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February 14, 2018

Servitization is catching on rapidly in manufacturing circles. Adopting it as a business model provides manufacturers with opportunities to boost both customer value and revenue. It enables them to offer their products as services, which makes a lot of sense. Many customers don’t want to purchase a product these days; they want the value of the product, and are willing to pay for that value by paying for it as a service.

Manufacturers that successfully shift to a servitization model are improving the reliability and uptime of their products, helping customers make operational improvements, selling new product capabilities, and increasing revenue. If you’d like to learn more about this, please read my previous blogpost Exploring Servitization And How It Can Change Your Business.

However, as exciting as it sounds, servitization has its own challenges. Here are the biggest ones I’ve seen:

  1. Core business dominance: A company’s core business model is to make and sell products, and functional heads often find it difficult to adopt a new model that completely re-imagines their business. To compound the problem, the foundations of servitization are built upon new and unfamiliar technologies such as the Internet of Things and Artificial Intelligence. To overcome this, businesses should conduct design thinking workshops that help executives see things from the customer’s point-of-view and better understand what they want and how to deliver it.
  2. The silo trap: Manufacturers, especially large-scale ones, typically run their different divisions in silos – be it design, engineering, production, or marketing. Soon they realize that each operates quite independently in planning for the future. A servitization model requires a manufacturer to run several functions as one big corporate machine. To overcome the silos, executives must have cross-functional discussions about customer value and team up to create pilot tests of service offerings that would be most attractive to customers.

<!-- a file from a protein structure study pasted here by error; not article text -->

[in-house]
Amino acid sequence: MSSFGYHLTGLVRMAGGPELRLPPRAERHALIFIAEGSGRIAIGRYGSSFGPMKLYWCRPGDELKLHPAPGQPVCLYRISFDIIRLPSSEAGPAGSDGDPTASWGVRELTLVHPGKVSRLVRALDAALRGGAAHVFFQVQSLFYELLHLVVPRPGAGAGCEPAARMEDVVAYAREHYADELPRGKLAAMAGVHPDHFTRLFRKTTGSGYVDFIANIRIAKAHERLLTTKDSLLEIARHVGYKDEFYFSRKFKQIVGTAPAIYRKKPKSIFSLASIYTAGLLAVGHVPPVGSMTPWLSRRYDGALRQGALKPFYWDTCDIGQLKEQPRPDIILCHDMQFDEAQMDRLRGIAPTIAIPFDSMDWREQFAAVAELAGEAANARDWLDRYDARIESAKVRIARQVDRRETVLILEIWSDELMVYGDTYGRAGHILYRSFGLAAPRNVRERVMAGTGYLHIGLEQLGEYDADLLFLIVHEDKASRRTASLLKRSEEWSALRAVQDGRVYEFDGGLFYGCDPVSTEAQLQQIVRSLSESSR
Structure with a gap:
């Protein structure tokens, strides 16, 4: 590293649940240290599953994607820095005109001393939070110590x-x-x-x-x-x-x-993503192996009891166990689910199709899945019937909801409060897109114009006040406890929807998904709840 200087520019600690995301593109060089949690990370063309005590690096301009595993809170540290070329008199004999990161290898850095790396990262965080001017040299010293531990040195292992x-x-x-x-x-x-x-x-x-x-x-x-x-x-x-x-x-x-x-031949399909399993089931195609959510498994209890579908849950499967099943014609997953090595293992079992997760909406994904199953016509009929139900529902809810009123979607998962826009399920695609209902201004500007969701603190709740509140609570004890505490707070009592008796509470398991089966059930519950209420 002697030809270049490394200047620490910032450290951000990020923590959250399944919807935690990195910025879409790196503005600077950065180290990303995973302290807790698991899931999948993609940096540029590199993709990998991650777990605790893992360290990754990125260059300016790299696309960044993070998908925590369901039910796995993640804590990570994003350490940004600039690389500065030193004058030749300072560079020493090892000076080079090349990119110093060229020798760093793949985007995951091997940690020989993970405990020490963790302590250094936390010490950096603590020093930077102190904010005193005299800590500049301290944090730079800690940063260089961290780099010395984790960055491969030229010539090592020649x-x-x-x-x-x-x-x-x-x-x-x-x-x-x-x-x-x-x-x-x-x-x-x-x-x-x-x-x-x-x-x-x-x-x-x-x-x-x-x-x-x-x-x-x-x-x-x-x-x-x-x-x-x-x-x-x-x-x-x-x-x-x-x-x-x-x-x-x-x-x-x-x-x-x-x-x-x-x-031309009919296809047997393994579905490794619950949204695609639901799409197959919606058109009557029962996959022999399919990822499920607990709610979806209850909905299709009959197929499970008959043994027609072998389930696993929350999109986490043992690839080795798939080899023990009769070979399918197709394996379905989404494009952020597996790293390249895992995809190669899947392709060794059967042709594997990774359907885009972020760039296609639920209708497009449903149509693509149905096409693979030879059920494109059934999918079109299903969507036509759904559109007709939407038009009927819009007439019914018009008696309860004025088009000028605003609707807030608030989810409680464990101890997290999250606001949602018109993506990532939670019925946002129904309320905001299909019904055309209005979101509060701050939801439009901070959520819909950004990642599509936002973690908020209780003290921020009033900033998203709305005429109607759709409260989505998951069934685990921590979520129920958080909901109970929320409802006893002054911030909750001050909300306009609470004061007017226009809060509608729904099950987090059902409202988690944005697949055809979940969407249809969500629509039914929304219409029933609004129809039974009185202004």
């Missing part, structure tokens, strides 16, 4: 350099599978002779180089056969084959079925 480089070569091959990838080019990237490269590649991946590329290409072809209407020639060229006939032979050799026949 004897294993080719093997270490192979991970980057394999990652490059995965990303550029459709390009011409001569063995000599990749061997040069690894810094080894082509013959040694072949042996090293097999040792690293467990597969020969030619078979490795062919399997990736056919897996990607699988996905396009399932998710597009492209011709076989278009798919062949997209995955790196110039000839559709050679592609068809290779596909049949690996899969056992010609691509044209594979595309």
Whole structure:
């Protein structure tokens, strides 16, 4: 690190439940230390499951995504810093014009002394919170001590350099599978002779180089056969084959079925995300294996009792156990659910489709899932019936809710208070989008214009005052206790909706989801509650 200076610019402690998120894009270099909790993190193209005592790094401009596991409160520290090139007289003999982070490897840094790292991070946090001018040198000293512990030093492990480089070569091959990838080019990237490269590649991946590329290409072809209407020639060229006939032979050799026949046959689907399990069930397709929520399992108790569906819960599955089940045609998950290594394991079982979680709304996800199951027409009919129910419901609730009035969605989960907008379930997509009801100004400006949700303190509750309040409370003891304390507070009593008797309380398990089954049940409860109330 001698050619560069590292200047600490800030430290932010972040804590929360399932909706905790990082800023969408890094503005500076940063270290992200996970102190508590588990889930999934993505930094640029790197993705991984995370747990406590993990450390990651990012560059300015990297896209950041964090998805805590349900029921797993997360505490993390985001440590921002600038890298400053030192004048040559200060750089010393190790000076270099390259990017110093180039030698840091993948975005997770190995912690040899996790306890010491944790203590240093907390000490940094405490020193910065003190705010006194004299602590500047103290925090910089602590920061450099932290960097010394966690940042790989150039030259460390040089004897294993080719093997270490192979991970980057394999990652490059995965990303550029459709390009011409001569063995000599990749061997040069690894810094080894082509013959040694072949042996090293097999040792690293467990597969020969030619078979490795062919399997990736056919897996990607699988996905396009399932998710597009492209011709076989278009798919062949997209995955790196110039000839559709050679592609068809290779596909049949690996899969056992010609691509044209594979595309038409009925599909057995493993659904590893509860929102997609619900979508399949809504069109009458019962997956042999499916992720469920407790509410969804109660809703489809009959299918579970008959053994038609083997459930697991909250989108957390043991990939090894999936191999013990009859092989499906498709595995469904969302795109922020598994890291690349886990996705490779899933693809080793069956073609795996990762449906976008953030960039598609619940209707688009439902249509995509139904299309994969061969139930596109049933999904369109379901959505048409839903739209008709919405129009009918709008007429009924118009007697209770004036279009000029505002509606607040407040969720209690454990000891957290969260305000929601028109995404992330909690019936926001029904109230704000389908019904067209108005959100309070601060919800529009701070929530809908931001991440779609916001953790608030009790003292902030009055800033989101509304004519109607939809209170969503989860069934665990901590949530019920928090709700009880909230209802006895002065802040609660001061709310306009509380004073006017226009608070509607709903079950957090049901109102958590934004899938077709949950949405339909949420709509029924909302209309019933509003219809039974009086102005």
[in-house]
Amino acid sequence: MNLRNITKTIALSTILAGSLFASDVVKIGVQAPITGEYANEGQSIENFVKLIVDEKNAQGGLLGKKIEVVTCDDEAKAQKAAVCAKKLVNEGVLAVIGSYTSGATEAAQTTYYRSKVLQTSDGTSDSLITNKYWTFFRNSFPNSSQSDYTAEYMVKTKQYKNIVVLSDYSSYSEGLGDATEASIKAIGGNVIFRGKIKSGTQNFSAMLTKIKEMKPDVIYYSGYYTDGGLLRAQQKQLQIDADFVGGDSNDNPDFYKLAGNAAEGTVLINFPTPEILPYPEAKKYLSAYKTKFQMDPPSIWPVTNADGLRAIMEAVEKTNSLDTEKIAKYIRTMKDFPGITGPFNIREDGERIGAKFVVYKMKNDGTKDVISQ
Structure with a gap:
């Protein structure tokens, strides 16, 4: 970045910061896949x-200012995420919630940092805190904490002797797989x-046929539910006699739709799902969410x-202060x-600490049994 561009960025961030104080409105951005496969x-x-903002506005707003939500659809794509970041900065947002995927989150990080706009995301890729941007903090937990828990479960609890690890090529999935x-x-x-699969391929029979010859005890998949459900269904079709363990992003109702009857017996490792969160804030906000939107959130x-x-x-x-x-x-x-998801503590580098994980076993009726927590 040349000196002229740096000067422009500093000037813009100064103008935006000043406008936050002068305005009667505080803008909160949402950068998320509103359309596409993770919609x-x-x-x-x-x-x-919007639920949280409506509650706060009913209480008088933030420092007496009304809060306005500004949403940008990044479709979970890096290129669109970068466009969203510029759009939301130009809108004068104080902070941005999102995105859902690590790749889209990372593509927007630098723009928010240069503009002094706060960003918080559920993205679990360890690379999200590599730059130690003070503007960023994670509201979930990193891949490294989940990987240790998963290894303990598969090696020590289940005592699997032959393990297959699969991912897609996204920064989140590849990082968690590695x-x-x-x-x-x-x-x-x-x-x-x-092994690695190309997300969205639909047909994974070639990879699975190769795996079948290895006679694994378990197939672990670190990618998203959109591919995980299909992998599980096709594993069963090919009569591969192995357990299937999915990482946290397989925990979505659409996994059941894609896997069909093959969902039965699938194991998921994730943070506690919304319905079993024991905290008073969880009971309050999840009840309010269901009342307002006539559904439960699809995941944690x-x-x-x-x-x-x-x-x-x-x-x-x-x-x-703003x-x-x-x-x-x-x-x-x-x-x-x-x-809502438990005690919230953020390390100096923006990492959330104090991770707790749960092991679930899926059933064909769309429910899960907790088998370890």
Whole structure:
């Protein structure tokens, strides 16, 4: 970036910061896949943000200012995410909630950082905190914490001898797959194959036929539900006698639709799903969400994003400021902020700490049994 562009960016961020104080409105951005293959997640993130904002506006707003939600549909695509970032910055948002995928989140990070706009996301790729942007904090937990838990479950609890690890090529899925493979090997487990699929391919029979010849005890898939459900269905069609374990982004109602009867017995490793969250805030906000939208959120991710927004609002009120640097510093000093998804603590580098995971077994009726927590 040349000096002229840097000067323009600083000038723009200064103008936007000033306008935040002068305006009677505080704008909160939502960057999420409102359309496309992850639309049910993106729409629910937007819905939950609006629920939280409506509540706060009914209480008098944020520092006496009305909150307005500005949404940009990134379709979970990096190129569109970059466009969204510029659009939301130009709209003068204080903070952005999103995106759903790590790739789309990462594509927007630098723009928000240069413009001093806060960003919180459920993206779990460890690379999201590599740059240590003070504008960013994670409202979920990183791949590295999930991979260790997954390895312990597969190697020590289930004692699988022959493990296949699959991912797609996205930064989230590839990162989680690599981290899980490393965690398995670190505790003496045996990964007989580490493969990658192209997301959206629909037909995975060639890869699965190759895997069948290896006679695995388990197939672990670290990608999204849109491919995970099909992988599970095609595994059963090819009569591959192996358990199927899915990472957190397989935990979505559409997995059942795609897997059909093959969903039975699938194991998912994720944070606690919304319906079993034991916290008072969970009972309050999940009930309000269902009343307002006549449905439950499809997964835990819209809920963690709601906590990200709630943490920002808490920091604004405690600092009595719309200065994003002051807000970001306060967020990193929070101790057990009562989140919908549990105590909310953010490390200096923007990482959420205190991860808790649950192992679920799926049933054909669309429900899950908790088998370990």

3. Channel resistance: The traditional manufacturing model allows sales, distribution, and service partners to earn additional revenues by providing after-sales support and maintenance. Since servitization prima-facie threatens such revenues, channel partners might resist it. To allay their fears, organizations must build proof-of-concept projects to show how they might continue to be valuable partners in the future.
  4. Customer inertia: Servitization will be new for many customers, and some will be hesitant to adopt it despite the many benefits of servitization. Manufacturers must educate customers about the value they would gain from buying a product as a service.

There’s no doubt that servitization can help manufacturers a great deal, especially in improving the customer experience and boosting the value they provide. Although there are challenges to adopting the model, the benefits far outweigh the challenges. To know more about how to adopt servitization at your company, read my article ‘What Happens When You Turn Your Products Into Service’s in our management journal, Perspectives.

Regu Ayyaswamy is the Global Head of the Engineering and Industrial Services (EIS) business unit at Tata Consultancy Services (TCS). He is responsible for creating value-based solutions and services to enable accelerated product development and integrated manufacturing for clients across the discrete and process manufacturing industries. Regu has varied experience spanning customer relationship management, program management, competency development, and people management. In the past, he also headed the TCS Cincinnati office and was responsible for developing key relationships in the region. An acknowledged thought leader, he is regularly invited as a speaker to major industry events and forums.


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